Think about the color of the food you eat on a daily basis. There’s probably a lot of leafy green, some nice fruity reds and oranges, cereal browns and dairy whites. But how about blue? Okay, maybe blueberries qualify, or if you have an exuberant potato vendor at your farmers market you may be getting some blue-ish potatoes–but in general blue isn’t the darling child in nature’s scheme of food hues. Consequently, we haven’t evolved an automatic appetite response to blue–in fact, our primal instinct seems to tell us to step away from the blue food.
According to color professor J.L. Morton, when our earliest ancestors were foraging for food, blue, purple and black were “color warning signs” of potentially lethal food. Food researchers agree–when humans searched for food, they learned to avoid toxic or spoiled objects, which were often blue, black, or purple (berries, eggplant, etc, aside). When food dyed blue is served to study subjects, they lose their appetite. Personally, I’ve always found blue food too creepy, but I always assumed it was because of the dye–I guess there’s more to it.
Research backs up the idea that certain colors suppress your appetite while others excite it. (And you can imagine the amount of research processed food companies put in to extract such make-or-break information!) Blue constantly wins the least-appetizing color award. Gary Blumenthal from International Food Strategies reports that, “Color and the appeal of various foods is closely related. Just the sight of food fires neurons in the hypothalamus. Subjects presented food to eat in the dark reported a critically missing element for enjoying any cuisine: the appearance of food.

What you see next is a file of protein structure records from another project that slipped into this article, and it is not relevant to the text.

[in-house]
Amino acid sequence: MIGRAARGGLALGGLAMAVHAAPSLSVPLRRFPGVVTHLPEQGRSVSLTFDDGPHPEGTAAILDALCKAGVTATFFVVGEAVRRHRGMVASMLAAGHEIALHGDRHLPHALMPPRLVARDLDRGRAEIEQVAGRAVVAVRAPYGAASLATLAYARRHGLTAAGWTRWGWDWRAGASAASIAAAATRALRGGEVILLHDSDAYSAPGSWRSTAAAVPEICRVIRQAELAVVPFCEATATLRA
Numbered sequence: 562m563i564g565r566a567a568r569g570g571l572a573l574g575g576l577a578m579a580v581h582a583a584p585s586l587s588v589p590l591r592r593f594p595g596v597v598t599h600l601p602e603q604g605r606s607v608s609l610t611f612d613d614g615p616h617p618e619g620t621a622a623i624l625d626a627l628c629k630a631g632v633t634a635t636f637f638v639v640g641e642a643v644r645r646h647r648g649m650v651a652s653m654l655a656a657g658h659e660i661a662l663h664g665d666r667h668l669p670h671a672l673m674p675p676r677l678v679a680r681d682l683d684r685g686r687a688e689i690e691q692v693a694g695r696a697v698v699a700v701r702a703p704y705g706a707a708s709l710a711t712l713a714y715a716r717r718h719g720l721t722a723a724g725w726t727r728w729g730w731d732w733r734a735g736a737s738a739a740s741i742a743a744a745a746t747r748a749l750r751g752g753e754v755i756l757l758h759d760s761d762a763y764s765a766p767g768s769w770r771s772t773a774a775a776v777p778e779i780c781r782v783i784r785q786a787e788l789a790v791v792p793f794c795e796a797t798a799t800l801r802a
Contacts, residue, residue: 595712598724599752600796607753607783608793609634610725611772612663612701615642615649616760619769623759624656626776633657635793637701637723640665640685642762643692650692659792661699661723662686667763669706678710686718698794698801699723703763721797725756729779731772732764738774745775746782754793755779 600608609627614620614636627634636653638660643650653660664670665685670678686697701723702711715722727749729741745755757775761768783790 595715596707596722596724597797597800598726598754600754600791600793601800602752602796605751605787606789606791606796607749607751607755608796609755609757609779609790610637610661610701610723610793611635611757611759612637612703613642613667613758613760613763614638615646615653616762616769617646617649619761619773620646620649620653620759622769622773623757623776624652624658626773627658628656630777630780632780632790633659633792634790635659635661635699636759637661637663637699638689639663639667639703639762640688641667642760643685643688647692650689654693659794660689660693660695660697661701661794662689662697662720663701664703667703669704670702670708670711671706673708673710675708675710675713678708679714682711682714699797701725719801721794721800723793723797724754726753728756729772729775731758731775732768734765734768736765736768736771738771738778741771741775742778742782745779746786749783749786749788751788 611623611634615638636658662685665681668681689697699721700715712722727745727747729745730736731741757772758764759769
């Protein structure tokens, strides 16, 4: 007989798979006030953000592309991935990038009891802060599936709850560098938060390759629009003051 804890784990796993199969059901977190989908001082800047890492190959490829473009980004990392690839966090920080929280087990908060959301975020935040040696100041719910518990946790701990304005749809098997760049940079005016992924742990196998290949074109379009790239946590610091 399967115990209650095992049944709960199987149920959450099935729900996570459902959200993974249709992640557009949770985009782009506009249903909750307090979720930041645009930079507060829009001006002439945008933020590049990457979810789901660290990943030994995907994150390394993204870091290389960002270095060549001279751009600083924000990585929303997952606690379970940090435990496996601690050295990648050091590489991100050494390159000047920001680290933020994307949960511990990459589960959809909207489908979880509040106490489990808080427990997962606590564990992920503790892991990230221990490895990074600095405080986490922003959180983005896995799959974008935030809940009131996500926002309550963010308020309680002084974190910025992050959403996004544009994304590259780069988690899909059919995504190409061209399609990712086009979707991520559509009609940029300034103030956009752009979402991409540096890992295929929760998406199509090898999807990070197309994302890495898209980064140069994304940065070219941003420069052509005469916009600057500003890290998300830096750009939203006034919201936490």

“For the sighted, the eyes are the first place that must be convinced before a food is even tried. This means that some food products fail in the marketplace not because of bad taste, texture, or smell but because the consumer never got that far. Colors are significant and almost universally it is difficult to get a consumer to try a blue-colored food–though more are being marketed for children these days. Greens, browns, reds, and several other colors are more generally acceptable, though they can vary by culture.”
There were a number of studies performed at the University of Washington on how the perception of taste is affected by color. They conclude that people learn and become familiar with specific combinations of colors and tastes. These learned associations may alter our perceptions and create expectations about how a food should smell and taste. In one study where subjects tasted drinks and were able to see the “correct” colors of the drinks, they were always able to identify the taste of the drink correctly.
However, when they could not see the color of the drink, they made mistakes. For example, 70 percent of the people who tasted the grape drink, said it was grape. However, 15 percent of the people thought it was lemon-lime. Only 30 percent of the people who tasted the cherry drink thought it was cherry. Most people thought the cherry drink was lemon-lime.
While blue is considered an appetite-suppressing color, researchers often point to warm colors as appetite-stimulating. According to the Rohm and Haas Paint Quality Institute, red is a powerful color that increases blood pressure and heart rate. It often produces feelings of intimacy, energy, passion and sexuality. It also stimulates the appetite–it is often used in restaurants and is an excellent choice for dining rooms in the home. Yellow is also an appetite-stimulating color as it is associated with energy and happiness. (Hmmm. Red and yellow. Maybe that explains 31,000 McDonald’s locations worldwide?) This is why many designers recommend warm colors for home kitchens and restaurants–not only does it increase the appetite, but it has been shown to increase the speed at which people eat. Blue is rarely recommended: it slows us down and makes us want to go to sleep.
There are a few dieting tricks that rely on color psychology–try using blue plates, blue place mats, and a blue dining area, and even putting a blue light in your fridge. To encourage more regular eating, use red and yellow.